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Trade balance worsens from China, Russia factors

A view of the Ministry of Trade, Industry and Energy at Government Complex Sejong (The Korea Herald)
A view of the Ministry of Trade, Industry and Energy at Government Complex Sejong (The Korea Herald)
SEJONG -- South Korea’s trade-related officials are striving to overcome the worsening trade balance in the wake of declining exports to major destinations, including China and Russia, from a variety of incidents.

Trade Minister Yeo Han-koo on Monday presided over a meeting to map out countermeasures against external negative factors which involve China’s possible lockdown of more major cities aside from Shanghai against variants of COVID-19 and the war between Ukraine and Russia.

Korea’s outbound shipments to China fell by 3.4 percent on-year in April in the wake of the lockdown in Shanghai, one of China’s largest logistics hubs, according to participants in the meeting and the Ministry of Trade, Industry and Energy.

Participants raised the possibility that the Chinese government-led restriction of people’s movements would spread to Beijing and other major cities, after the nation’s Labor Day holidays in early May.

Russia’s invasion of Ukraine has also brought a decline of more than 70 percent in Korea’s exports to Russia.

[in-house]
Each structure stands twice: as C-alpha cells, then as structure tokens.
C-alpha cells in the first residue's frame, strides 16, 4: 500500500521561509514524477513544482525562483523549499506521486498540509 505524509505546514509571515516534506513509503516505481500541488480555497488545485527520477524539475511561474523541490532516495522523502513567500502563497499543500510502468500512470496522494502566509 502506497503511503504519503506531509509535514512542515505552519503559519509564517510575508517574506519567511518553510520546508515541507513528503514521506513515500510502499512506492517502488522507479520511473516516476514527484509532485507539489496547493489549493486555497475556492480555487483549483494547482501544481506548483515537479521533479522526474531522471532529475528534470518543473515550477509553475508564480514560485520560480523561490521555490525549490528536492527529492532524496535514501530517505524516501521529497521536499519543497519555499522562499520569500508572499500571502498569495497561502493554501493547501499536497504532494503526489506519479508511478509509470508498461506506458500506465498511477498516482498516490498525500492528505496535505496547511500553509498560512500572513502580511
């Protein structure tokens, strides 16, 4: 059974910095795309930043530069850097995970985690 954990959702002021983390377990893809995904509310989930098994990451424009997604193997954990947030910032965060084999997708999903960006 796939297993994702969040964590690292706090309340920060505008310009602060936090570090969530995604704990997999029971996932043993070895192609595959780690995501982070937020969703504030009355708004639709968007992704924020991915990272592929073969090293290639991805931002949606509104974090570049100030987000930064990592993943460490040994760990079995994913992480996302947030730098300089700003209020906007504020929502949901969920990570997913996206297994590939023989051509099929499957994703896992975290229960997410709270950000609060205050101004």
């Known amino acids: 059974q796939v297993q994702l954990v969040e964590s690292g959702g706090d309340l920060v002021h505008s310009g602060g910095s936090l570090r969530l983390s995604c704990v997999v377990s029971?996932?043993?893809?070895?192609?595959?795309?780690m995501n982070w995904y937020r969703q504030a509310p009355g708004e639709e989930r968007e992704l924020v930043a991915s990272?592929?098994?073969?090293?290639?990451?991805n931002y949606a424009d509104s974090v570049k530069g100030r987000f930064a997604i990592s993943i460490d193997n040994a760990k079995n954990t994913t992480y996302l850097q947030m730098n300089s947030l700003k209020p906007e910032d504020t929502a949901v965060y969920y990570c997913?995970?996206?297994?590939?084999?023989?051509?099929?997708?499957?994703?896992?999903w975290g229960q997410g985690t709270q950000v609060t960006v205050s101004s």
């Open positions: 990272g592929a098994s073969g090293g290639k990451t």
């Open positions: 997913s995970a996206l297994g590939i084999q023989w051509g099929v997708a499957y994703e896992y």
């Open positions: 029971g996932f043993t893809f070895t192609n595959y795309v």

During the first 25 days of April, a 97.3 percent on-year fall was reported in exports of automobiles, 87.4 percent in auto parts and 89.2 percent in steel, said the ministry. The figures come after the economic sanctions against Moscow by the international community, including Seoul.

A longer-than-expected Ukraine war could have negative impacts on the nine-country Commonwealth of Independent States -- Armenia, Azerbaijan, Belarus, Kazakhstan, Kyrgyzstan, Moldova, Russia, Tajikistan and Uzbekistan -- whose economies are quite dependent upon that of Russia.

Participants predicted that an unfavorable ripple effect among these countries might deal a blow to Korea in terms of exports and imports.

In addition, Indonesia’s suspension in palm oil exports could trigger a critical glitch in the supply of palm oil globally, which is used for production of many cosmetics, detergents and Korean instant food products.

This may possibly cause higher import prices of palm oil and alternatives like sunflower oil in the nation, with hurdles emerging in satisfying global demands for Korean cosmetics products and others.

Korea is also suffering difficulty in trades with Myanmar, whose government suspended settlement via foreign currencies, said meeting participants. The situation may bring about a plunge in exports to Myanmar and a glitch in import of raw materials from the Southeast Asian nation.

During the period from January-April, Korea posted a cumulative trade deficit of $6.6 billion amid rising import prices and export glitches in some destinations.

There is a high possibility that expanding uncertainty would have negative effects on Korea, whose economy is highly dependent upon exports, said Minister Yeo.

“(The government) will provide export-oriented firms with liquidity and marketing support, in coordination with relevant ministries and export-promotion agencies,” he said.

Some critics, mentioning the recent ongoing trade deficit, say the government had been lukewarm in taking measures in a prompt manner.

By Kim Yon-se (kys@heraldcorp.com)

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